While the experts concur that dioxin usually takes weeks or months to show symptoms, Yushchenko fell ill the very morning after his September 5 dinner with Satsyuk and Smeshko. Campaign manager David Zhvania believed in the poisoning theory, and pointed the finger at President Kuchma or Russian elements working through organized crime figures. But he denied the “stupid theory” of a poisoning at the dinner he had arranged, citing a more probable poisoning while Yushchenko was in the Crimea (loaded with Russian mafia types) in late August. But Yush himself continued to favor the more dramatic and less logical story that implicated top leaders directly; in a 2005 interview with CNN, he was asked if he’s been poisoned at the Sept. 5 meeting. He replied “most likely.”

Dr. Zimpfer at the Rudolfinerhaus supported the theory as well; “we suspect involvement of an external party, but we cannot answer as to who cooked what or who was with him while he ate.” An excellent article by paleo-conservative writer Justin Raimondo sorts out the doctors at the center of this high-pressure situation; the widely-quoted Dr Zimpfer was the President of the clinic's Board of Supervisors, an administrative figurehead and not hands-on in the case. The chief medical doctor was named Lothar Wicke, and it as he who initially oversaw Yushchenko's treatment and held a press conference just after his patient's first visit. Before the international media, he accused unnamed individuals of spreading “medically falsified diagnoses concerning the condition of Mr. Yushchenko.”

Wicke never outright revealed who was telling what lies, but Zimpfer reportedly told him at one point “Yushchenko's people will not be happy and will take other measures.” An article from the UK Telegraph, one of the rare mentions in the Western media, claims that Wicke’s “life was threatened after he cast doubt on the diagnosis” and that “the clinic came under intense pressure from Mr Yushchenko's entourage to diagnose poisoning,” with or without evidence. As the pressure mounted, Wicke finally resigned his position on December 9, removing himself from the picture. The case was taken over by Dr. Nikolai Korpan, who was certain of a poisoning scenario; asked if the aim of the poisoning had been to kill the opposition candidate, Dr. Korpan snapped “yes, of course.” Raimondo clarifies that Korpan is “a surgeon, not a specialist, brought in by Yushchenko on the occasion of his first visit to Vienna.”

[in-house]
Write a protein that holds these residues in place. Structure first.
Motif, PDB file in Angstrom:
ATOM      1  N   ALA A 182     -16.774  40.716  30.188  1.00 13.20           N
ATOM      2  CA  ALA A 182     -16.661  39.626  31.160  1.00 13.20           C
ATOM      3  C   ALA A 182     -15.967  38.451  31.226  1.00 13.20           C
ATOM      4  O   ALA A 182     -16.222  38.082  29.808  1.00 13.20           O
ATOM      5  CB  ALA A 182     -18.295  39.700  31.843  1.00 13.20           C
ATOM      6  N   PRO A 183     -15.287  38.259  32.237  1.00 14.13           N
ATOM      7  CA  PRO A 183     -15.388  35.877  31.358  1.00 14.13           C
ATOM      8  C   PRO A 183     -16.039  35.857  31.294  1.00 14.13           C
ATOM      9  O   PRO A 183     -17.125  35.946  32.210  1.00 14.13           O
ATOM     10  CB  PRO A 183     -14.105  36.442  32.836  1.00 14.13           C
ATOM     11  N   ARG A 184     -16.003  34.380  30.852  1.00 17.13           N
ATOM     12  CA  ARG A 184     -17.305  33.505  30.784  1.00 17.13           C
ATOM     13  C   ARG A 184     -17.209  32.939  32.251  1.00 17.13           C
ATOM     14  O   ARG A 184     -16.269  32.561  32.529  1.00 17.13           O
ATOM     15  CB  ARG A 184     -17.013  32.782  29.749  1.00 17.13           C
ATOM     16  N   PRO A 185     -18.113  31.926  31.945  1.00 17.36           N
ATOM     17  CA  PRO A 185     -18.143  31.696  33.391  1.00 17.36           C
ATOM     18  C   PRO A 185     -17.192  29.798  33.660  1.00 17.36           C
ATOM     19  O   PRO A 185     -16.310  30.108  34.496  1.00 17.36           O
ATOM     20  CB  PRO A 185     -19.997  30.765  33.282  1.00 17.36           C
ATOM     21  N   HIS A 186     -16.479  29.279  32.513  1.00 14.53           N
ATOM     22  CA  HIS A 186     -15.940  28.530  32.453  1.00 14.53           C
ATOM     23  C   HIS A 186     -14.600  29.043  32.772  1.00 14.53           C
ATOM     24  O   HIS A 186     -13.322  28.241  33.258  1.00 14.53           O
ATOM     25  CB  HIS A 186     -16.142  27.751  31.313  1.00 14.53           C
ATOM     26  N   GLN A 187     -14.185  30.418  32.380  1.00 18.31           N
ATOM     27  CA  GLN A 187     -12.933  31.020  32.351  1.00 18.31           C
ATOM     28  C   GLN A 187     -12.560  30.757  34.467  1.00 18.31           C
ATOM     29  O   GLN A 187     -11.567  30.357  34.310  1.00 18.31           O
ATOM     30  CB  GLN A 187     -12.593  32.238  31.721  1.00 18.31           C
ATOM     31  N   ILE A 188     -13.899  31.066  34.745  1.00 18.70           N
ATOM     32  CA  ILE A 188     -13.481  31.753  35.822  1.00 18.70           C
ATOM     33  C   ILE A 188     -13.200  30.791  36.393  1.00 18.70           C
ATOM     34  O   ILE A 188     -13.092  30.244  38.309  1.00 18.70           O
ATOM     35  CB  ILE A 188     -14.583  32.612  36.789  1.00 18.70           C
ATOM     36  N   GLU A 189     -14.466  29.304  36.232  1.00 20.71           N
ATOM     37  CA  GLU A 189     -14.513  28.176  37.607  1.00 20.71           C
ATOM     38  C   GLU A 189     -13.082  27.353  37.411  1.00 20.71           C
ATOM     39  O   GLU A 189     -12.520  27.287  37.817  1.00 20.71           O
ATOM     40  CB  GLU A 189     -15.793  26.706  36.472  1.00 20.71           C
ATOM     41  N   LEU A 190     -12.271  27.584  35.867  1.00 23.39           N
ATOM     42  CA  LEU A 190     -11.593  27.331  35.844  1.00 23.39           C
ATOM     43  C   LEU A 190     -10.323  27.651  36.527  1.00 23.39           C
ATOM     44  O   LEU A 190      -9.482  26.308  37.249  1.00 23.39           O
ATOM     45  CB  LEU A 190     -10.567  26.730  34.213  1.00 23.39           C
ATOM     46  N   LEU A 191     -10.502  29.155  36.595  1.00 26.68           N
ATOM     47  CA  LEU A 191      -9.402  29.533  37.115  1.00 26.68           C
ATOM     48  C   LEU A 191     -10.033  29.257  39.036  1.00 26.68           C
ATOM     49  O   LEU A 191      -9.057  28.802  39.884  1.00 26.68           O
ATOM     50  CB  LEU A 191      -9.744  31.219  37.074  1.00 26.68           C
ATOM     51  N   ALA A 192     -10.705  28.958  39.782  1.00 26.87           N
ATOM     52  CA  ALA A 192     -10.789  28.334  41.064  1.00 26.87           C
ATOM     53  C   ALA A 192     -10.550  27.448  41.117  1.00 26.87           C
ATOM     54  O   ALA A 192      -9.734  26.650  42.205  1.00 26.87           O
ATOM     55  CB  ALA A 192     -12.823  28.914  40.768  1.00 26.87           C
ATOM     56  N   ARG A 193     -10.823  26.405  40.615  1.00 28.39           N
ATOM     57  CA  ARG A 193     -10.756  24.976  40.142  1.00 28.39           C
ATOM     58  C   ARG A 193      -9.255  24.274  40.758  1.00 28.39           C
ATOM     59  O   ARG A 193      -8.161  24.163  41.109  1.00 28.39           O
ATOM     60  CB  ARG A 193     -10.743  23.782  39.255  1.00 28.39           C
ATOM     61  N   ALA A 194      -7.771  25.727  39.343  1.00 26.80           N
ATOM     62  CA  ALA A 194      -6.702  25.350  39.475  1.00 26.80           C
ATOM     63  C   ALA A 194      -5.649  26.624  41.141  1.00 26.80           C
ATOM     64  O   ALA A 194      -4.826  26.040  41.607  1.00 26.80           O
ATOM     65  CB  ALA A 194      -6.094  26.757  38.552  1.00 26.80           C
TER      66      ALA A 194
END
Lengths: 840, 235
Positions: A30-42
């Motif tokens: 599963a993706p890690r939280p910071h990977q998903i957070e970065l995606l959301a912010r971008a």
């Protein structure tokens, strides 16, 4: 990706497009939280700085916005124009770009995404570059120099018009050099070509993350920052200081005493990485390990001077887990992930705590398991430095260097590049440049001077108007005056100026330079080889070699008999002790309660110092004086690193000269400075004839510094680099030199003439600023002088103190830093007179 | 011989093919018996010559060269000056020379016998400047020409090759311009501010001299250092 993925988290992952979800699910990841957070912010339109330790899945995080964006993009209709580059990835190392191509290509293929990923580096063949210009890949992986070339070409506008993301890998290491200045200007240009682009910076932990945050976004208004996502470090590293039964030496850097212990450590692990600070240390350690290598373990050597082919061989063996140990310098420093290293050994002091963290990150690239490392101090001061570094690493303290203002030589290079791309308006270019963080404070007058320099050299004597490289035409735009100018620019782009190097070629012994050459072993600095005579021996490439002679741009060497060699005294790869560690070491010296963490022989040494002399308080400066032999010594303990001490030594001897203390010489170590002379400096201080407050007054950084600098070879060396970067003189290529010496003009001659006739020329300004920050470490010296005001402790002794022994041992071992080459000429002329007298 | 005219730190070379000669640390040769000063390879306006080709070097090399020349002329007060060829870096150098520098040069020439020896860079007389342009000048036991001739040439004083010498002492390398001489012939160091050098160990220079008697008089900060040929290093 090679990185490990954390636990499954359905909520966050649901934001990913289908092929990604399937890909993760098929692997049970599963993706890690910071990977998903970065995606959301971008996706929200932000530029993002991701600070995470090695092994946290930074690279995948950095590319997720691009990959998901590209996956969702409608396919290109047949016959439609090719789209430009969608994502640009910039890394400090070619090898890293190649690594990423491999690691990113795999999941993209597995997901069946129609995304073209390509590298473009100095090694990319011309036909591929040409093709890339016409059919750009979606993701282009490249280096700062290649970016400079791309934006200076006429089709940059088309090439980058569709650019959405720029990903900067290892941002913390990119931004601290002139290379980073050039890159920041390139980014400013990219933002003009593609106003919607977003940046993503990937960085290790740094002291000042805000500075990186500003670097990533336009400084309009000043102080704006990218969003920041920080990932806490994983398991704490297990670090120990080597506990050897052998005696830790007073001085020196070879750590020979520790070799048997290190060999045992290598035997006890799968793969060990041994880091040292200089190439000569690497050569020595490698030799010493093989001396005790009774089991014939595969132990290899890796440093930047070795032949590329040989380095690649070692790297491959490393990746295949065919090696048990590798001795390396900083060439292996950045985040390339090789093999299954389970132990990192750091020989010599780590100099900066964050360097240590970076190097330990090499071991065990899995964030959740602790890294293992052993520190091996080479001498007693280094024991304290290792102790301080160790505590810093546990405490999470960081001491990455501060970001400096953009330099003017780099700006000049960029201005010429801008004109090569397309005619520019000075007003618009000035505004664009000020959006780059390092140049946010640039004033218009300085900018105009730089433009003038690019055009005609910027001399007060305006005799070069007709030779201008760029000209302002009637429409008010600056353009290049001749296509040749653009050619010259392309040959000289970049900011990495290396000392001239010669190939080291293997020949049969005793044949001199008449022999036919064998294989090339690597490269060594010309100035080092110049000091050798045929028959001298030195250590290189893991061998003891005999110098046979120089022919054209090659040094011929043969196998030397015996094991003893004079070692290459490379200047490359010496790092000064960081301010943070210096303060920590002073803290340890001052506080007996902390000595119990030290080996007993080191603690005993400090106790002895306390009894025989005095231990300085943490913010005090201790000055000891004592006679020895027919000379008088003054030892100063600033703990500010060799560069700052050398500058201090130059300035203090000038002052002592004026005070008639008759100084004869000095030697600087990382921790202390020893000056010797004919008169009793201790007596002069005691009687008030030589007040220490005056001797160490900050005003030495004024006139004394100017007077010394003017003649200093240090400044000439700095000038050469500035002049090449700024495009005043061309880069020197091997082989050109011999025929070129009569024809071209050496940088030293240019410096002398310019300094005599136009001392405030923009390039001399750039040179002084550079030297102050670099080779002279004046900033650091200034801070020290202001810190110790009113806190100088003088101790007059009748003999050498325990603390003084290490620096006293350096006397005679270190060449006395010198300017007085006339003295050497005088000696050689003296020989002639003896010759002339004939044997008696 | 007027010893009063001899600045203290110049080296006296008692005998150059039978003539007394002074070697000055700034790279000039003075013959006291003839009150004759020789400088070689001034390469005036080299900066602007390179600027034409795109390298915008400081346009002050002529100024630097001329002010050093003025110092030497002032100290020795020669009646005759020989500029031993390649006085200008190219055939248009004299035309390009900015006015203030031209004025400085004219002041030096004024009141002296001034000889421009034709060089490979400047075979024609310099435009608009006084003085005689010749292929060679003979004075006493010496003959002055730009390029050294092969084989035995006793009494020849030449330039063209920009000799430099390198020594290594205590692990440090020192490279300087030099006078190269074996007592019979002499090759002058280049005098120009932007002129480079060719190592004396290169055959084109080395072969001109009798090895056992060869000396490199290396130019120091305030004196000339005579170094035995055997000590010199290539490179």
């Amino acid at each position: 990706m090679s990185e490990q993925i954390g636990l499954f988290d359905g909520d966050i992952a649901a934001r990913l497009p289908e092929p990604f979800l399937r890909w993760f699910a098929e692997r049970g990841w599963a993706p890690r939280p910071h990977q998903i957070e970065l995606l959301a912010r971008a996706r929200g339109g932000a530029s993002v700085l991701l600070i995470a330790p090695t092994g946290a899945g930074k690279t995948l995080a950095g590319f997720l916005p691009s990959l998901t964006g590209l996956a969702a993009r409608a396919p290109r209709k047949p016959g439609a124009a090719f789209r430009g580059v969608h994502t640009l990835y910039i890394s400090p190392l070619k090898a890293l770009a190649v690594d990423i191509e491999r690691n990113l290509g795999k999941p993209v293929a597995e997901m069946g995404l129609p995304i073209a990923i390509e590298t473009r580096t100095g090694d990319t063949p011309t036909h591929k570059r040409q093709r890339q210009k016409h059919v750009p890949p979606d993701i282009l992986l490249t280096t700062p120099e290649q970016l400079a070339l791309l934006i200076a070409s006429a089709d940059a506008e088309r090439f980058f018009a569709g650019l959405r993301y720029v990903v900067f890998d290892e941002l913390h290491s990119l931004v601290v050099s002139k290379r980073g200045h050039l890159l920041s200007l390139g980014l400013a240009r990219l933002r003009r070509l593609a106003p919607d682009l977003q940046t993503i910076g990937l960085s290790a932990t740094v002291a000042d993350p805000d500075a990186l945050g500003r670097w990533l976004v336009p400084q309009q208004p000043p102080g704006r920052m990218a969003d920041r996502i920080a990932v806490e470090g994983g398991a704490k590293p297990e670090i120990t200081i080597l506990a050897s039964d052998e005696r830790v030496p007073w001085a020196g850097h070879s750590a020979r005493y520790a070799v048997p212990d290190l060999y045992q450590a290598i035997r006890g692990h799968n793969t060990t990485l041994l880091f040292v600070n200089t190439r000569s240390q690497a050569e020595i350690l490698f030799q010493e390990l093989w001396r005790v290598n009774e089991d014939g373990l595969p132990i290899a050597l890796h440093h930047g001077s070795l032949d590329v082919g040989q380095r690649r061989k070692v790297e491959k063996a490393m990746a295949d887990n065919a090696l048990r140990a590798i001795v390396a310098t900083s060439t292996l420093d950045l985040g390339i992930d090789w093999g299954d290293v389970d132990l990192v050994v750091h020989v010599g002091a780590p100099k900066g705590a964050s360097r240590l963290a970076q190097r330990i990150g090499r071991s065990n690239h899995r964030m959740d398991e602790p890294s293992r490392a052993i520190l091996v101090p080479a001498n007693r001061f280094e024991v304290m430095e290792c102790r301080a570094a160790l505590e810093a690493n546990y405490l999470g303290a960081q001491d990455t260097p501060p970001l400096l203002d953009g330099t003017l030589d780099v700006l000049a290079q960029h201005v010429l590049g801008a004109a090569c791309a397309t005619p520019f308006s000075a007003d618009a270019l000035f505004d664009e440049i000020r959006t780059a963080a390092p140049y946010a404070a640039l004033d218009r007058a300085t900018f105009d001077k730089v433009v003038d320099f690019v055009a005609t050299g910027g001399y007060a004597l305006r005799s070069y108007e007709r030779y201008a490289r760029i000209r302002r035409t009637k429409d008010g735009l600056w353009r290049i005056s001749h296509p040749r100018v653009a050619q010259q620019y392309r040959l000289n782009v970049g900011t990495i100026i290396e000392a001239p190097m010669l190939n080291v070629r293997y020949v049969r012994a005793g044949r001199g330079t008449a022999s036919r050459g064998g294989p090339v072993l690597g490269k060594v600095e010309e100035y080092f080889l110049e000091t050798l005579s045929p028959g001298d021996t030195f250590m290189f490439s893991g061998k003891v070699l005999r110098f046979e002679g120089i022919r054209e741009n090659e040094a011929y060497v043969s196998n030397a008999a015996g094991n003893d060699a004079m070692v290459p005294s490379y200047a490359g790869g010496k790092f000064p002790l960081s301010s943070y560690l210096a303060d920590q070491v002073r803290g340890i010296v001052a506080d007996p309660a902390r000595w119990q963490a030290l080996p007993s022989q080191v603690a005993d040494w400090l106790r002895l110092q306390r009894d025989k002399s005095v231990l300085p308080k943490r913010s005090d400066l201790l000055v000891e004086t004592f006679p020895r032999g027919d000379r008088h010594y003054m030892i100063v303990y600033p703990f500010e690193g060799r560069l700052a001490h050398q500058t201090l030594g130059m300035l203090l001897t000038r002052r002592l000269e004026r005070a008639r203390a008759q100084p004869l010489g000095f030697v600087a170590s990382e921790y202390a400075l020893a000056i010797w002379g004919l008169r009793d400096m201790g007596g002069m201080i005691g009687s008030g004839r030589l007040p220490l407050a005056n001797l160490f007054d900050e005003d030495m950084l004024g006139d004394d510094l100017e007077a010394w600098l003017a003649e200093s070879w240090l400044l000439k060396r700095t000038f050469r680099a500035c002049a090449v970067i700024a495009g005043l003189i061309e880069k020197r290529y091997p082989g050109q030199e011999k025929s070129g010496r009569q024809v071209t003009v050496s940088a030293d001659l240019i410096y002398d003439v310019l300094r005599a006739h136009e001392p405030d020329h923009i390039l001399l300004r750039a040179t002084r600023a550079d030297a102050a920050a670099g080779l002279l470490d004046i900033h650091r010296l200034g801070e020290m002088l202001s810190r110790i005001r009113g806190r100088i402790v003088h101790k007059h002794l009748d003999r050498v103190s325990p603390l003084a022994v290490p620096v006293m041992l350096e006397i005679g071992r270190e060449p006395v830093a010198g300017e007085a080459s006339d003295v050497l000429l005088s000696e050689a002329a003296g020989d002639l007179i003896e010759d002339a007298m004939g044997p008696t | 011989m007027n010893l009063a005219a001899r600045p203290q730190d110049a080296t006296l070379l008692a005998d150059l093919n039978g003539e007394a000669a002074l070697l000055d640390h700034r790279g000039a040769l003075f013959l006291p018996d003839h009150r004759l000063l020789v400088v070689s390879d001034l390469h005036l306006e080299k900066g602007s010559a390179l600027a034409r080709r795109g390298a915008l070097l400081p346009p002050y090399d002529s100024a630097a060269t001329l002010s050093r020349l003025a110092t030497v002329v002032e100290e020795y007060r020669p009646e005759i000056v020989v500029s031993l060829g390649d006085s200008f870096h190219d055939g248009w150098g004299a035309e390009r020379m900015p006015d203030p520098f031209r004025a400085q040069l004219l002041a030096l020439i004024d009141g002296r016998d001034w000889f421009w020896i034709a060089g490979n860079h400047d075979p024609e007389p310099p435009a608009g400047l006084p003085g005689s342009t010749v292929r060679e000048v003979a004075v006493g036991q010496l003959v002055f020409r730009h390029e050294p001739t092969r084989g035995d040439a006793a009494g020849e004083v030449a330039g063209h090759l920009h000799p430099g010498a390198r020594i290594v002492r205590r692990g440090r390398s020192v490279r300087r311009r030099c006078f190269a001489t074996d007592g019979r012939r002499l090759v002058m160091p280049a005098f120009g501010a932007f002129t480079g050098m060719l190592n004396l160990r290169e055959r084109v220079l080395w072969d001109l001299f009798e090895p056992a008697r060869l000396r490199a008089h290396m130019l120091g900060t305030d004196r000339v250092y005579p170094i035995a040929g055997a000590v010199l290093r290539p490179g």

The Ukrainian authorities of course denied the charge that they had been involved in any poisoning. There is “no logic in such an accusation,” said Taras Chornovyl, Yanukovych's campaign manager. Other supporters voiced their own concerns. Stepan Havrysh, a political ally of Yanukovych said that while he pitied Yushchenko in his plight, “I'm afraid, two weeks before the vote, it's all political technologies.” This is a term usually reserved for public relations and election strategies. Others simply used the episode to taunt Yushchenko, speculating that his sudden disfigurement was from Herpes or some other disease a moral degenerate might pick up. Others have cited his long history with alcohol and food-triggered illness, and wondered if he didn’t drink too heavily and gorge himself on foods he knew would make him sick.